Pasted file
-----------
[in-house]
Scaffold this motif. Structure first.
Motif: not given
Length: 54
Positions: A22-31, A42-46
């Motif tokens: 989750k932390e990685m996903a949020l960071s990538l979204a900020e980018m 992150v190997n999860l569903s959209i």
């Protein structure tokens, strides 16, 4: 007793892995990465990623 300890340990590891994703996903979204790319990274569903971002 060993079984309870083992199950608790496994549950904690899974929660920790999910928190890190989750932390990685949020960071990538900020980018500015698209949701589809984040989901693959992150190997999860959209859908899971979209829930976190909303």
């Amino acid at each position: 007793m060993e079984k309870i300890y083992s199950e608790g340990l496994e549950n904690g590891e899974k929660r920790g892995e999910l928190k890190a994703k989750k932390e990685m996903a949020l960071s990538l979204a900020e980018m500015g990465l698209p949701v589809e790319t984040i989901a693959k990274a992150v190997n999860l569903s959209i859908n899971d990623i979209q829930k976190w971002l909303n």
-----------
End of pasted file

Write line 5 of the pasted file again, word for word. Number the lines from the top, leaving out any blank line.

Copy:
Positions: A22-31, A42-46